But wouldn't Wisconsin be one of the few U.S. states where curds can be found?

                                      1. re: Mr F

                                        >>But wouldn't Wisconsin be one of the few U.S. states where curds can be found?<<

                                        Some Cheesehead on another Chowhound board mentioned them recently, so yeah. And I first encountered them in upstate NY in the '70s, so they're not a purely Quebec phenom (though being able to buy them at the convenience store may be).

                                        1. re: carswell

                                          We got them here in Vermont, though I must say they don't have the wonderful squeak of the Quebec product.

                                          1. re: carswell

                                            New York State has been producing excellent cheese curd for generations. It's very similar to the Quebec variety, which isn't surprising, since a lot of the milk comes from around Chateaugay, NY near the land boundary with Quebec. When I was growing up every local dairy in St. Lawrence County made it, always on Thursday, and that's when we got it. Now there's an Amish creamery in Heuvelton NY called "Heritage Cheese" which makes it daily, sometimes TWICE daily. It's meant to be eaten out of hand, as fresh as possible, not melted nor, God forbid, deep fried!

                                            Wikipedia offered a quote from the New York Times that cheese curd squeaks "like baloons attempting to neck." I don't find your poutine squeaking like that.

                                            1. re: Gary Soup

                                              The cheese curds Martin Picard uses at Au Pied de Cochon squeak. Although he loses points with the Montreal Poutine website people because they feel his curds are too big.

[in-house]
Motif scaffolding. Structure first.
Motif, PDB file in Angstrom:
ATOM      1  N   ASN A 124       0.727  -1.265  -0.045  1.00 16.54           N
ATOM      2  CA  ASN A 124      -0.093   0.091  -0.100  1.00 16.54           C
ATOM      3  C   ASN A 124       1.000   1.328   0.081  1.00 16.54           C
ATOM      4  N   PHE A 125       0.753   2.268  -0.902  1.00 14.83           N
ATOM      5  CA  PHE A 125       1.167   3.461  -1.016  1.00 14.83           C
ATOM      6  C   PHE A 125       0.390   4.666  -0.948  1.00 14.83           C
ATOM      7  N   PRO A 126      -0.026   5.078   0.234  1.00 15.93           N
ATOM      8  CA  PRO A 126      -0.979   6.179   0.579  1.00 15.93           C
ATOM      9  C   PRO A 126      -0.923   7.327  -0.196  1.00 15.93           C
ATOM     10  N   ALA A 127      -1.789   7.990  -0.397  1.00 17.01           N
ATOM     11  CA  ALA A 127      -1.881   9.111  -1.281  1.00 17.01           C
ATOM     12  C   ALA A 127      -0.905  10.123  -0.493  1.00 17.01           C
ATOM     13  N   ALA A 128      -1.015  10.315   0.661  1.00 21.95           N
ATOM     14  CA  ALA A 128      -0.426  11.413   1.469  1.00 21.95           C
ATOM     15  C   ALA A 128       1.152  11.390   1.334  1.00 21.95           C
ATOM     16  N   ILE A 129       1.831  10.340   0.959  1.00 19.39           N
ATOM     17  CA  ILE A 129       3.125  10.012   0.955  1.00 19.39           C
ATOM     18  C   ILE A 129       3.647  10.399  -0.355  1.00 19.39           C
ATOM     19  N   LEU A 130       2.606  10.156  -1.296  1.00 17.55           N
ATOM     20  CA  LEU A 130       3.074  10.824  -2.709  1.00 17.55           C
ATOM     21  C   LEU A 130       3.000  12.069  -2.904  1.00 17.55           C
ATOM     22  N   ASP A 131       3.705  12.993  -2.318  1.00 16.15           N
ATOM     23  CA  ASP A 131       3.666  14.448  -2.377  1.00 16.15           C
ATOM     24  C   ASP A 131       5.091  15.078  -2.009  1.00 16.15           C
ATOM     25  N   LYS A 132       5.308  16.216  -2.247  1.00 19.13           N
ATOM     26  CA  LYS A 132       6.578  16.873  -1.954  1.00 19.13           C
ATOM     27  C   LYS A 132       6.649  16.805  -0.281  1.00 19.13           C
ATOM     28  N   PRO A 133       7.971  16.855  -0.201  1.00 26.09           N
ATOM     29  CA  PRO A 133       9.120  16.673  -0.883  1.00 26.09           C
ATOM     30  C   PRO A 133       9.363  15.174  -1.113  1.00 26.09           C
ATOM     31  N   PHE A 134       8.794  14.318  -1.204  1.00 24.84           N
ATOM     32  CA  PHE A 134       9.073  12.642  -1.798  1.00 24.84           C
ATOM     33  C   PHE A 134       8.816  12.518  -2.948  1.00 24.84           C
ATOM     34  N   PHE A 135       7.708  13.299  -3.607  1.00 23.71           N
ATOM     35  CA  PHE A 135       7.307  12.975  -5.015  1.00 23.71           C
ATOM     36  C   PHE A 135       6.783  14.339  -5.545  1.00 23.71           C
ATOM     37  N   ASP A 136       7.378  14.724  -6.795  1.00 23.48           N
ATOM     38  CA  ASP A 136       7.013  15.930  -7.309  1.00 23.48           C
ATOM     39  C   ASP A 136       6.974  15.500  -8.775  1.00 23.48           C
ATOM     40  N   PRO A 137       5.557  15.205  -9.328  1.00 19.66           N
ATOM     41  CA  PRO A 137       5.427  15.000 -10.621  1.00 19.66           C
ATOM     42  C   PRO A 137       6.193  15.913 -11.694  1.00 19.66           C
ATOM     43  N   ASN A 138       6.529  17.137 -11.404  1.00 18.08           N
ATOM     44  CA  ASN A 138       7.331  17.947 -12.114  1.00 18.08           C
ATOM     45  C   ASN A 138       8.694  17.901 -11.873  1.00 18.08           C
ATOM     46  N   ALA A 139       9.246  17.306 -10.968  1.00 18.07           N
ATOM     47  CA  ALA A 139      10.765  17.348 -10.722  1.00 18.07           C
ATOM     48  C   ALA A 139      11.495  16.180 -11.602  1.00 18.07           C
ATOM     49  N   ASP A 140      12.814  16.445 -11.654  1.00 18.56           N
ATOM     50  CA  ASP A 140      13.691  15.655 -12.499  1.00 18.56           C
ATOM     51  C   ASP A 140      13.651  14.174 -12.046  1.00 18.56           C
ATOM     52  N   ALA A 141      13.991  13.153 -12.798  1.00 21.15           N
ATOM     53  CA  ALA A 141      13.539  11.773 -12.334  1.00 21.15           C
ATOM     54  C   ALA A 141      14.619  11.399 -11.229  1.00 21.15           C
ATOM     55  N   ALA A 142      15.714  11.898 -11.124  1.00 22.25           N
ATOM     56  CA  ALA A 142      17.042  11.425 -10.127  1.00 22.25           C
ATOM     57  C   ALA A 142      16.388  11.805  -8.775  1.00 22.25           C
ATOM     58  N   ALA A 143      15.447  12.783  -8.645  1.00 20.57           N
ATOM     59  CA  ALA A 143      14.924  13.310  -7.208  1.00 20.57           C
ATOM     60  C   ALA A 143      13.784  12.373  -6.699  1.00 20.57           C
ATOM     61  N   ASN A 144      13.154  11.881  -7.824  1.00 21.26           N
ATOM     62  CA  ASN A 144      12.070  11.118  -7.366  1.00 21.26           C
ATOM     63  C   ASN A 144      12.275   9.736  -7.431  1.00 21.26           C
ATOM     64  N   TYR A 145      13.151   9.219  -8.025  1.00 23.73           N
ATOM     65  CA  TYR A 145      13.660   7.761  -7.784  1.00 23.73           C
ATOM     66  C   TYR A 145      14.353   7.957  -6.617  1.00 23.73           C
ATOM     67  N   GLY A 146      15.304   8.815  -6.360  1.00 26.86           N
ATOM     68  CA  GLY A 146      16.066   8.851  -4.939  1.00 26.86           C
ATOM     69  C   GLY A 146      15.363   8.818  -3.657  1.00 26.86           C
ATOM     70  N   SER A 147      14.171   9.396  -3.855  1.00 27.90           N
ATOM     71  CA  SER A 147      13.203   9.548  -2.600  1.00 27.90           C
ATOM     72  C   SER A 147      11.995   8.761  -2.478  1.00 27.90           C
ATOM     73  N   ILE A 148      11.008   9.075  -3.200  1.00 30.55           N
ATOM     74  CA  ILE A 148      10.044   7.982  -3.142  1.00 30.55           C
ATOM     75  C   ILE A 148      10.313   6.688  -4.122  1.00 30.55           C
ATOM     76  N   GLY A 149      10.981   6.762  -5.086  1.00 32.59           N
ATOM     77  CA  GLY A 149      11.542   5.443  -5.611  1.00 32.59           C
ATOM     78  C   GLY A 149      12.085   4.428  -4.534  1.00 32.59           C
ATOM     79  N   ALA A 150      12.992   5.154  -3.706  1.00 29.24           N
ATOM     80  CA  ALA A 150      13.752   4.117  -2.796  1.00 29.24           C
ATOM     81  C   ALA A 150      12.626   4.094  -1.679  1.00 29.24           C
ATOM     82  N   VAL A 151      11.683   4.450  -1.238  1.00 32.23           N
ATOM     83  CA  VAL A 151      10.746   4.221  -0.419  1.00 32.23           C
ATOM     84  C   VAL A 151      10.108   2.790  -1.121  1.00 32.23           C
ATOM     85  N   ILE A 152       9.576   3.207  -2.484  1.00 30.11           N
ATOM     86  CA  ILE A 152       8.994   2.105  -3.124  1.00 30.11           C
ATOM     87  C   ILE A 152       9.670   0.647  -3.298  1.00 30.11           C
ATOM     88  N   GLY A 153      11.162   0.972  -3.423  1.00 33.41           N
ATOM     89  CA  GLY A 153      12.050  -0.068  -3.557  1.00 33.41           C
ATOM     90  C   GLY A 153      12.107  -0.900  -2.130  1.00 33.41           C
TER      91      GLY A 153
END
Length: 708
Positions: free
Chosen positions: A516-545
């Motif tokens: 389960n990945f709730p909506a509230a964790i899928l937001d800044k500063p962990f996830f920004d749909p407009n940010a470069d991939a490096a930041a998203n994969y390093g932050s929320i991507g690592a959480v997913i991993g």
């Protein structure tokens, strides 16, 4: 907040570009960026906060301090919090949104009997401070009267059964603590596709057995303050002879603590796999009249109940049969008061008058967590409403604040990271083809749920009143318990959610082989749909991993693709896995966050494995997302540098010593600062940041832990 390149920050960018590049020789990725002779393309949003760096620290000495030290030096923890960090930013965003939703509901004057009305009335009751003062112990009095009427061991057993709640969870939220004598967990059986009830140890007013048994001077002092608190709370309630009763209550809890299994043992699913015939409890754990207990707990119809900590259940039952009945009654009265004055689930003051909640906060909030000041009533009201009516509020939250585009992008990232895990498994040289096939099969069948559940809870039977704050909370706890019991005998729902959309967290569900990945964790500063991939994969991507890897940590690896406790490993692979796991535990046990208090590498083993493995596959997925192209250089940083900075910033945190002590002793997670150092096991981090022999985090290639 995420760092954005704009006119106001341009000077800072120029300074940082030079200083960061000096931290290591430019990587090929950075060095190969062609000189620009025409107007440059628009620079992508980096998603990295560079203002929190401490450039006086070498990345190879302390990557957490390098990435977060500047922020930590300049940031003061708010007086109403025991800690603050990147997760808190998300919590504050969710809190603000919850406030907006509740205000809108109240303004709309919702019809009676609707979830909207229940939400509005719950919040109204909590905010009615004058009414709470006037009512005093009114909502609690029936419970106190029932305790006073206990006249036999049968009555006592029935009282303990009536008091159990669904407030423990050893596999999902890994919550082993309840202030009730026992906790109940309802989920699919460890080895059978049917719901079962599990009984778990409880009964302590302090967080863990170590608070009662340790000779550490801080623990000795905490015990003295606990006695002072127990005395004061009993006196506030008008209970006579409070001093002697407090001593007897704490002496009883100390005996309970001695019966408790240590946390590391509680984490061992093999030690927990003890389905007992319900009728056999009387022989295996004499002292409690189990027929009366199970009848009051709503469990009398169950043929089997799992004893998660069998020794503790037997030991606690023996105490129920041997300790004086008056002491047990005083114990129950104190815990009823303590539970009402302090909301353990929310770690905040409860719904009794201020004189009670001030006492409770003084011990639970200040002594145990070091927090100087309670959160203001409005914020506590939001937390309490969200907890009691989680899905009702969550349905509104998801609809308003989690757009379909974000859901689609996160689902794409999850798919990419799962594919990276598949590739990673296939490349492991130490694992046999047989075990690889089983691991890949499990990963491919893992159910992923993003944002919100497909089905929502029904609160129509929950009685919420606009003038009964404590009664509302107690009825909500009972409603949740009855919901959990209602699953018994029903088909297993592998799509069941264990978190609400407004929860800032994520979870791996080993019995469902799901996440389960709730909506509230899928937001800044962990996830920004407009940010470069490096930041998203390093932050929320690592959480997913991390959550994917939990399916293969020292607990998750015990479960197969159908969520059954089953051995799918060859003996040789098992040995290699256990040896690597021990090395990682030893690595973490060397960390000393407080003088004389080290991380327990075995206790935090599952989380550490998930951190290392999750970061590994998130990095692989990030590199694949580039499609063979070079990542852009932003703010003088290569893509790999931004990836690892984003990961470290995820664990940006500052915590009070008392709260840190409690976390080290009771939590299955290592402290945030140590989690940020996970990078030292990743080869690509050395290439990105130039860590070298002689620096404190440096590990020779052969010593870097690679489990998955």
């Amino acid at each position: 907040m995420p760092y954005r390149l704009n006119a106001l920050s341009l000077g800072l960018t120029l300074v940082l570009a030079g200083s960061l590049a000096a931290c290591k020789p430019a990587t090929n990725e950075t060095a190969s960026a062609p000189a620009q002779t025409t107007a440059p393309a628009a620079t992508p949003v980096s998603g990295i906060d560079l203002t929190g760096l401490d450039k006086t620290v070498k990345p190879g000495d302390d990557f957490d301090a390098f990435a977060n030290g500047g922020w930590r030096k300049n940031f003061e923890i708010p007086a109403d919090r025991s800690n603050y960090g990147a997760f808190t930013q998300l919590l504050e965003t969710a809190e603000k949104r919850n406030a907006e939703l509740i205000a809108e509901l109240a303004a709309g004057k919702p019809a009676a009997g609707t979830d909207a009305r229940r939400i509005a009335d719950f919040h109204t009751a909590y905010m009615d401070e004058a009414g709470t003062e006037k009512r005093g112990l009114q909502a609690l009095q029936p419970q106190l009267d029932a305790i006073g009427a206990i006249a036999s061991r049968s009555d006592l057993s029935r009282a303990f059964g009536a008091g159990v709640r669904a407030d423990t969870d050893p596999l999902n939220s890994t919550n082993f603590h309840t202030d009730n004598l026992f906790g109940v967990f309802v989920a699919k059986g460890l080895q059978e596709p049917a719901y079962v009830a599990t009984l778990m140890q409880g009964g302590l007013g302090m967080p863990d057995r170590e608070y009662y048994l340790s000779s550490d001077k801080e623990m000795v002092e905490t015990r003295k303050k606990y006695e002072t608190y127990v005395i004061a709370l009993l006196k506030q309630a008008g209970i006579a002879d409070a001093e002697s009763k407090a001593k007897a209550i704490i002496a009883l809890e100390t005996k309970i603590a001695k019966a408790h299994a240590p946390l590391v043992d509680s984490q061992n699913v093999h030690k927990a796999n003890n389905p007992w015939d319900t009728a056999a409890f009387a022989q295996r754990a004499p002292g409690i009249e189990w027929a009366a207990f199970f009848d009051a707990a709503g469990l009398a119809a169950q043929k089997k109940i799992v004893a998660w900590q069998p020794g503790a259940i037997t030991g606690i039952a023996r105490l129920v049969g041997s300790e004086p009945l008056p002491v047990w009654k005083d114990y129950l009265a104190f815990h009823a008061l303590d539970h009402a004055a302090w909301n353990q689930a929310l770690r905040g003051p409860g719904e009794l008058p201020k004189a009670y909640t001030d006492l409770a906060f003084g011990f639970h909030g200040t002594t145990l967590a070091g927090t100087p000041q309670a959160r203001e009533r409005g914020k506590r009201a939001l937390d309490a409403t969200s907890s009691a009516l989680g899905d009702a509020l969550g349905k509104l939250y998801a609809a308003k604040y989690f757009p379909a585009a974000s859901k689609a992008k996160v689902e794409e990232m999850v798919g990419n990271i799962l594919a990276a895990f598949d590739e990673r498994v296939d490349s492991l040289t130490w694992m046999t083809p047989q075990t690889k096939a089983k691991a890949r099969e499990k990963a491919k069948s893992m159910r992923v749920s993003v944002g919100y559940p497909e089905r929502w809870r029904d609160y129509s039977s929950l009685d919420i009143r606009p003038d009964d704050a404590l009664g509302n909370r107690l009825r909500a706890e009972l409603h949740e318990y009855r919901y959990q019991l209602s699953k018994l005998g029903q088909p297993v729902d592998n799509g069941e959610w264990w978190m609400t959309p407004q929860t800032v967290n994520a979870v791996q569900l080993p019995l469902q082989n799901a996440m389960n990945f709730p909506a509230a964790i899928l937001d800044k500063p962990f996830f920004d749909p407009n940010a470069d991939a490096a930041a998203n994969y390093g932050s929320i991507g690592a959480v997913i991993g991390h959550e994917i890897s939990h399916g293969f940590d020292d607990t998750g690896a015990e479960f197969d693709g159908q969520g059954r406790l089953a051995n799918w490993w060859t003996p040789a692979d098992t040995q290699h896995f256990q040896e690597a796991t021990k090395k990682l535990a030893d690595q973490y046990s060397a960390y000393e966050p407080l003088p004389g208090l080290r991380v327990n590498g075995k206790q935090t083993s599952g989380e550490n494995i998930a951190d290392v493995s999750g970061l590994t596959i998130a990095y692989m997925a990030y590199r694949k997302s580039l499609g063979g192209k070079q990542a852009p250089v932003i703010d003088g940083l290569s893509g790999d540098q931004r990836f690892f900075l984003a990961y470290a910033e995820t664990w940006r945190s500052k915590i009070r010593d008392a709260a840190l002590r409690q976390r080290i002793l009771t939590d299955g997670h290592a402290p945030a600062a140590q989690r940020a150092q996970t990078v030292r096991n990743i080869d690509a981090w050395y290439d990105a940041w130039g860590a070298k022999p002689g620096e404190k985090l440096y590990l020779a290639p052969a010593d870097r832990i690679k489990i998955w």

The Times quote does seem an exaggeration. The squeak is more the sensation of your teeth biting through the curd than it is the sound produced.


                                              1. re: Gary Soup

                                                rcianci, that is interesting. I definitely have noticed that the curds sold near the Jean-Talon Market (Hamel, and another place on the west(?) side of the market) seemed quite tiny compared to the upstate NY style, though similar in color and flavor. Maybe Picard gets "country style" curds.

                                                1. re: Gary Soup

                                                  The Montreal Poutine site is quite instructive. It sounds as though the curds are the critical part, though there was also mention of ementhaler and gorgonzola.

                                                  I've had some fresh Mexican style cheese the squeaks a bit. That might go well with the mole sauce that some mention. Though that starts overlapping with nachos.

                                                  Anyone tried an Indian version, with paneer?


                                            2. re: paulj

                                              Cheddar cheese curds are best, very fresh ones that squeak between your teeth.

                                              1. re: rcianci

                                                as somebody else pointed out, the amish make cheese curds and they are often for sale in their stands in NY farmers markets.

                                                Either fresh mozzarella or hispanic queso fresco make very good substitutes if you cant get the curds.

                                            3. you will all hate me but my guilty pleasure is that i adore burger king poutine

                                              1. Now that you've said that, I have to go and try it! Definitely avail. only in Quebec BKs I'd think. loving all the poutine confessions!

                                                1. I think you can make a decent fake poutine with healthier ingredients - oven fries, veggies gravy, lowfat cheese (or less of the regular).

                                                  But it won't be poutine, just like a veggie burger isn't a hamburger. It can be good, maybe just as good, but it's still not the original.

                                                  1. Healthy Poutine: Eat less of it :)